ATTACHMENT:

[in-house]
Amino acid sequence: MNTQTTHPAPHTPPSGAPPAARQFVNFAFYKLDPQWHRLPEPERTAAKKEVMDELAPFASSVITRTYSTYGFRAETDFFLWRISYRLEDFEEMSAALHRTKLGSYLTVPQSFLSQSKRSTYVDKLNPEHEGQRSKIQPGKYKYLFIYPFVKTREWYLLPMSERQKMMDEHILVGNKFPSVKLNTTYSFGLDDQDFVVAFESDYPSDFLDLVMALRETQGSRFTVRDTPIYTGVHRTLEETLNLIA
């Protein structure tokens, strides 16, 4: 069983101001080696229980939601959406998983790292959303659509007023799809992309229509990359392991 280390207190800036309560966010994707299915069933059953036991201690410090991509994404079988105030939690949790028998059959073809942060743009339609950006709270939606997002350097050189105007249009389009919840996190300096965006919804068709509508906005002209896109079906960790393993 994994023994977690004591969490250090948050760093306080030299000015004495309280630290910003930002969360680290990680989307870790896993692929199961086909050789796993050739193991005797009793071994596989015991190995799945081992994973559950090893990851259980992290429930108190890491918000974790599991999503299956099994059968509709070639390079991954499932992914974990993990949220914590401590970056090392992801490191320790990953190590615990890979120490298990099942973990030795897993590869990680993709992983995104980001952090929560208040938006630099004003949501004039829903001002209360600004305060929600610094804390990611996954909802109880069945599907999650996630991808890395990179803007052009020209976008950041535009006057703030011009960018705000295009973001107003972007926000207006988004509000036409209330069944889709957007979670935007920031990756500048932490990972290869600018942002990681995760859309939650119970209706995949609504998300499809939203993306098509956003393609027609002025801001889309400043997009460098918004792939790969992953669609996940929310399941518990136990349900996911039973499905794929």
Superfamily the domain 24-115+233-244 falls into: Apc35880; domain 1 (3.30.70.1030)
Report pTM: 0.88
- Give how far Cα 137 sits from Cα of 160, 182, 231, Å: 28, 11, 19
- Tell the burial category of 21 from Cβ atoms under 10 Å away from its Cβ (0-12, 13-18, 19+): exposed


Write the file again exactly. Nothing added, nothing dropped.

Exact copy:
[in-house]
Amino acid sequence: MNTQTTHPAPHTPPSGAPPAARQFVNFAFYKLDPQWHRLPEPERTAAKKEVMDELAPFASSVITRTYSTYGFRAETDFFLWRISYRLEDFEEMSAALHRTKLGSYLTVPQSFLSQSKRSTYVDKLNPEHEGQRSKIQPGKYKYLFIYPFVKTREWYLLPMSERQKMMDEHILVGNKFPSVKLNTTYSFGLDDQDFVVAFESDYPSDFLDLVMALRETQGSRFTVRDTPIYTGVHRTLEETLNLIA
């Protein structure tokens, strides 16, 4: 069983101001080696229980939601959406998983790292959303659509007023799809992309229509990359392991 280390207190800036309560966010994707299915069933059953036991201690410090991509994404079988105030939690949790028998059959073809942060743009339609950006709270939606997002350097050189105007249009389009919840996190300096965006919804068709509508906005002209896109079906960790393993 994994023994977690004591969490250090948050760093306080030299000015004495309280630290910003930002969360680290990680989307870790896993692929199961086909050789796993050739193991005797009793071994596989015991190995799945081992994973559950090893990851259980992290429930108190890491918000974790599991999503299956099994059968509709070639390079991954499932992914974990993990949220914590401590970056090392992801490191320790990953190590615990890979120490298990099942973990030795897993590869990680993709992983995104980001952090929560208040938006630099004003949501004039829903001002209360600004305060929600610094804390990611996954909802109880069945599907999650996630991808890395990179803007052009020209976008950041535009006057703030011009960018705000295009973001107003972007926000207006988004509000036409209330069944889709957007979670935007920031990756500048932490990972290869600018942002990681995760859309939650119970209706995949609504998300499809939203993306098509956003393609027609002025801001889309400043997009460098918004792939790969992953669609996940929310399941518990136990349900996911039973499905794929």
Superfamily the domain 24-115+233-244 falls into: Apc35880; domain 1 (3.30.70.1030)
Report pTM: 0.88
- Give how far Cα 137 sits from Cα of 160, 182, 231, Å: 28, 11, 19
- Tell the burial category of 21 from Cβ atoms under 10 Å away from its Cβ (0-12, 13-18, 19+): exposed